1. Good points.
      I was mystified, because by default when you set up a new blog at WP, it’s set so that a commenter’s first to comments get to be moderated. If they get approved, then it’s ‘free’. Guess I hadn’t come across one before, where they were set to moderation all the time, at that point.

      So far, I’ve never felt any urge and you see what type of discussions going on here, J. Should I start getting comments like that one «too long, won’t read», then I’d seriously consider moderation too. The ones that end up on the FreshlyPressed page must expect all kinds of comments, I guess..

  6. I don’t want my comment to be too long 😀

    So here’s the second part:

    As for the idea of a theme or topic for your blog, I say once again, Forget it. People read your blog because they delight in the products of your particular point of view on anything! Whatever occurs to you. Because you’re an interesting person.
    On the whole, people don’t read blogs for information — that’s what Google is for.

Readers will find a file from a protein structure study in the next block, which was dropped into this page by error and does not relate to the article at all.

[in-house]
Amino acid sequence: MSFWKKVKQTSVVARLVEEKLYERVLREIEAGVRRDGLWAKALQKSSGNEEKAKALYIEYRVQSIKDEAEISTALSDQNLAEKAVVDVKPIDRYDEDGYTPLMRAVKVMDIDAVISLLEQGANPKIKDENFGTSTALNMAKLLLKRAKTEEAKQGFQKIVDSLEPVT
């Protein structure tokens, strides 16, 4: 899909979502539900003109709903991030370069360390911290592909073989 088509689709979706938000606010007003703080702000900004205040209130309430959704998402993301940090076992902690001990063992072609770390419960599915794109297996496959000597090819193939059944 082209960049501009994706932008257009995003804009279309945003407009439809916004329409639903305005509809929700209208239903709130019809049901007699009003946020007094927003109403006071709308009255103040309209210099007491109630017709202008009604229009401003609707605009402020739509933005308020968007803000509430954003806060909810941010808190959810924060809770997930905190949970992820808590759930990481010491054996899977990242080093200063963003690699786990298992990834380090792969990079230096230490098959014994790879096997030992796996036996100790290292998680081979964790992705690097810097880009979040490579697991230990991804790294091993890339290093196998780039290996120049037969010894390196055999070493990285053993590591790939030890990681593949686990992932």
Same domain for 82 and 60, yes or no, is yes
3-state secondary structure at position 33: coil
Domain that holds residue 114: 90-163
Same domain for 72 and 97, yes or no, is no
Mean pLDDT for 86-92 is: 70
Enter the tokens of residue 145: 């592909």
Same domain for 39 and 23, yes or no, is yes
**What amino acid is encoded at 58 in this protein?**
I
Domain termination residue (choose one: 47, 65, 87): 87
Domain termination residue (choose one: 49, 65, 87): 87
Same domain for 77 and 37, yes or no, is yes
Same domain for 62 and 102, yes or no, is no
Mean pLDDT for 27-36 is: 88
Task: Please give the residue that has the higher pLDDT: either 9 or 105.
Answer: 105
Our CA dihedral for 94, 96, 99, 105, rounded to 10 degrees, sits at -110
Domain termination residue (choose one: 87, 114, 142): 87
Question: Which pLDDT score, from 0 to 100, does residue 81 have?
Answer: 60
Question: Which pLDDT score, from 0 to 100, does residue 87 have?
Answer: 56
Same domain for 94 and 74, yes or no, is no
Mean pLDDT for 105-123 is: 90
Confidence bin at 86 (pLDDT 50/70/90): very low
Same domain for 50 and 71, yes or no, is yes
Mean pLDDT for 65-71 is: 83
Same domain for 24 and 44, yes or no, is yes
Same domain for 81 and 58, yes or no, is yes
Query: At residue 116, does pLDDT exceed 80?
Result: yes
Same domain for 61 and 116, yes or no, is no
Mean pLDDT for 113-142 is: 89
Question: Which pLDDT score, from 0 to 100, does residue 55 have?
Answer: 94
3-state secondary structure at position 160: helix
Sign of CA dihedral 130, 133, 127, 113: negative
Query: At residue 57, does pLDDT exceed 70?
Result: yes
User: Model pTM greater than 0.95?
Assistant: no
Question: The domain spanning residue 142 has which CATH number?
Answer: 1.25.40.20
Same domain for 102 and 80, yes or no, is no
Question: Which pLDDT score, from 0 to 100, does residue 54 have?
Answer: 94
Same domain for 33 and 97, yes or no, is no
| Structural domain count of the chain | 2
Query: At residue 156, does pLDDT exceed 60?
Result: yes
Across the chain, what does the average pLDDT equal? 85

It’s to encounter another PERSON, a person who you find interesting, amusing, entertaining, thoughtful, inspiring, etc etc
    That’s what’s so great about blogs! (But if you think about it, it’s also a big part of the delight we find in encountering the PERSON who reveals him/herself in the book they’ve written, be it fiction or non-fiction.)

    1. Ha! 🙂
      More, really good, points!!! Very well said, the part about that people don’t read blogs for information. So true. Pages like TechCrunch are highly technical and more like a computer magazine than a blog.

      About books … yes! I’ve read all these Nicholas Sparks books now lately, and it’s like I know the guy.

      It’s just that sometimes I get bouts with inferiority complex, where I find that all others write so well and I don’t.

  7. glad you got this solved. wow, I’d actually forgotten about yahoo 360 – times have changed, haven’t they? and for the better in many ways.
    Are you counting how many sleeps till you leave on your trip?